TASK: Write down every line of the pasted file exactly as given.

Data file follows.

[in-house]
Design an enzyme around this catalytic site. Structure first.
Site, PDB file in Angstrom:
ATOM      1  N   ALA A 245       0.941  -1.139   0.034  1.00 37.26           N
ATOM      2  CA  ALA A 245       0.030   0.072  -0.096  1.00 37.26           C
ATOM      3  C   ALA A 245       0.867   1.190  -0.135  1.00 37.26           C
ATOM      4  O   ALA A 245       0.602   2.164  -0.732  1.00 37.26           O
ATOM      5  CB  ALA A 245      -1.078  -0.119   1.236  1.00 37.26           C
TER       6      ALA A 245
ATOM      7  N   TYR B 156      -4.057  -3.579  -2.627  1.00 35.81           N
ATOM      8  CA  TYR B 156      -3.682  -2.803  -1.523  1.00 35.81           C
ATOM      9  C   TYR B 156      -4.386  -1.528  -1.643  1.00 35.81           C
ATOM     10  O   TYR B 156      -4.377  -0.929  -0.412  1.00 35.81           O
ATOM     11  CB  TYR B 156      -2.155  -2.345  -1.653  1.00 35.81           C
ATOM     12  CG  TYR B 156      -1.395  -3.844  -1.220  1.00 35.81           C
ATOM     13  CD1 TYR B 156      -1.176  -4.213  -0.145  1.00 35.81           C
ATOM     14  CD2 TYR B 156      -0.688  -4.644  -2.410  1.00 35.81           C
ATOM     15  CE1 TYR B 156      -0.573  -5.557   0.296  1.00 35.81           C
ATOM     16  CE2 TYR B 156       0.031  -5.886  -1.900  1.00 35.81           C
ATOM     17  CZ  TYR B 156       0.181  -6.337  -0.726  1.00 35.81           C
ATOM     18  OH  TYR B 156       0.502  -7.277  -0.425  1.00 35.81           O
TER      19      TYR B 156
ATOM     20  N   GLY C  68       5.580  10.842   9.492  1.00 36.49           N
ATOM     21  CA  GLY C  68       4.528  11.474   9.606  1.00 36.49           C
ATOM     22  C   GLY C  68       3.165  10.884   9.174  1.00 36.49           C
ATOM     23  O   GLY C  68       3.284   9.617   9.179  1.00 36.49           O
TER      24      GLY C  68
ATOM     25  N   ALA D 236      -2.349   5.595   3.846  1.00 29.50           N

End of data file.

[in-house]
Design an enzyme around this catalytic site. Structure first.
Site, PDB file in Angstrom:
ATOM      1  N   ALA A 245       0.941  -1.139   0.034  1.00 37.26           N
ATOM      2  CA  ALA A 245       0.030   0.072  -0.096  1.00 37.26           C
ATOM      3  C   ALA A 245       0.867   1.190  -0.135  1.00 37.26           C
ATOM      4  O   ALA A 245       0.602   2.164  -0.732  1.00 37.26           O
ATOM      5  CB  ALA A 245      -1.078  -0.119   1.236  1.00 37.26           C
TER       6      ALA A 245
ATOM      7  N   TYR B 156      -4.057  -3.579  -2.627  1.00 35.81           N
ATOM      8  CA  TYR B 156      -3.682  -2.803  -1.523  1.00 35.81           C
ATOM      9  C   TYR B 156      -4.386  -1.528  -1.643  1.00 35.81           C
ATOM     10  O   TYR B 156      -4.377  -0.929  -0.412  1.00 35.81           O
ATOM     11  CB  TYR B 156      -2.155  -2.345  -1.653  1.00 35.81           C
ATOM     12  CG  TYR B 156      -1.395  -3.844  -1.220  1.00 35.81           C
ATOM     13  CD1 TYR B 156      -1.176  -4.213  -0.145  1.00 35.81           C
ATOM     14  CD2 TYR B 156      -0.688  -4.644  -2.410  1.00 35.81           C
ATOM     15  CE1 TYR B 156      -0.573  -5.557   0.296  1.00 35.81           C
ATOM     16  CE2 TYR B 156       0.031  -5.886  -1.900  1.00 35.81           C
ATOM     17  CZ  TYR B 156       0.181  -6.337  -0.726  1.00 35.81           C
ATOM     18  OH  TYR B 156       0.502  -7.277  -0.425  1.00 35.81           O
TER      19      TYR B 156
ATOM     20  N   GLY C  68       5.580  10.842   9.492  1.00 36.49           N
ATOM     21  CA  GLY C  68       4.528  11.474   9.606  1.00 36.49           C
ATOM     22  C   GLY C  68       3.165  10.884   9.174  1.00 36.49           C
ATOM     23  O   GLY C  68       3.284   9.617   9.179  1.00 36.49           O
TER      24      GLY C  68
ATOM     25  N   ALA D 236      -2.349   5.595   3.846  1.00 29.50           N